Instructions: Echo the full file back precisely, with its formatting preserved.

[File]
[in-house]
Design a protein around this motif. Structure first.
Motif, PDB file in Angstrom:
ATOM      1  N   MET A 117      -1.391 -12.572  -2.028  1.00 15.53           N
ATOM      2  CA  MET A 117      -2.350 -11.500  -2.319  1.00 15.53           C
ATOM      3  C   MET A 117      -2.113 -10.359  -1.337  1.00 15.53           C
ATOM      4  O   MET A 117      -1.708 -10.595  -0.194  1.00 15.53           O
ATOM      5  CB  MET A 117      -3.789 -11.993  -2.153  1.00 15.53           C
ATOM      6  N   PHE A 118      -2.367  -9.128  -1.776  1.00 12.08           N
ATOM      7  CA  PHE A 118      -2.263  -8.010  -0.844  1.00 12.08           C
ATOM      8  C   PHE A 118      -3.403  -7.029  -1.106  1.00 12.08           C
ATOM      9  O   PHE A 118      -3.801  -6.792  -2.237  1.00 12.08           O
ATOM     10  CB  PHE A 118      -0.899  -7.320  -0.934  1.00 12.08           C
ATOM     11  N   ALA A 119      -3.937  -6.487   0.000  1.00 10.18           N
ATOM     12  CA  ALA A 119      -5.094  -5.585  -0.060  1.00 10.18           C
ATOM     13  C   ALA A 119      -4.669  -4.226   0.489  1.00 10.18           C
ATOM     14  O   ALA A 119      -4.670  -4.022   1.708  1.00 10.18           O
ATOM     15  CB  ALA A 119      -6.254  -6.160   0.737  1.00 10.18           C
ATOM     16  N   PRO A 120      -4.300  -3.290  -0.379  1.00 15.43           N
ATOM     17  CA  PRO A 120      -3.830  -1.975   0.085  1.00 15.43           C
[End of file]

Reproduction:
[in-house]
Design a protein around this motif. Structure first.
Motif, PDB file in Angstrom:
ATOM      1  N   MET A 117      -1.391 -12.572  -2.028  1.00 15.53           N
ATOM      2  CA  MET A 117      -2.350 -11.500  -2.319  1.00 15.53           C
ATOM      3  C   MET A 117      -2.113 -10.359  -1.337  1.00 15.53           C
ATOM      4  O   MET A 117      -1.708 -10.595  -0.194  1.00 15.53           O
ATOM      5  CB  MET A 117      -3.789 -11.993  -2.153  1.00 15.53           C
ATOM      6  N   PHE A 118      -2.367  -9.128  -1.776  1.00 12.08           N
ATOM      7  CA  PHE A 118      -2.263  -8.010  -0.844  1.00 12.08           C
ATOM      8  C   PHE A 118      -3.403  -7.029  -1.106  1.00 12.08           C
ATOM      9  O   PHE A 118      -3.801  -6.792  -2.237  1.00 12.08           O
ATOM     10  CB  PHE A 118      -0.899  -7.320  -0.934  1.00 12.08           C
ATOM     11  N   ALA A 119      -3.937  -6.487   0.000  1.00 10.18           N
ATOM     12  CA  ALA A 119      -5.094  -5.585  -0.060  1.00 10.18           C
ATOM     13  C   ALA A 119      -4.669  -4.226   0.489  1.00 10.18           C
ATOM     14  O   ALA A 119      -4.670  -4.022   1.708  1.00 10.18           O
ATOM     15  CB  ALA A 119      -6.254  -6.160   0.737  1.00 10.18           C
ATOM     16  N   PRO A 120      -4.300  -3.290  -0.379  1.00 15.43           N
ATOM     17  CA  PRO A 120      -3.830  -1.975   0.085  1.00 15.43           C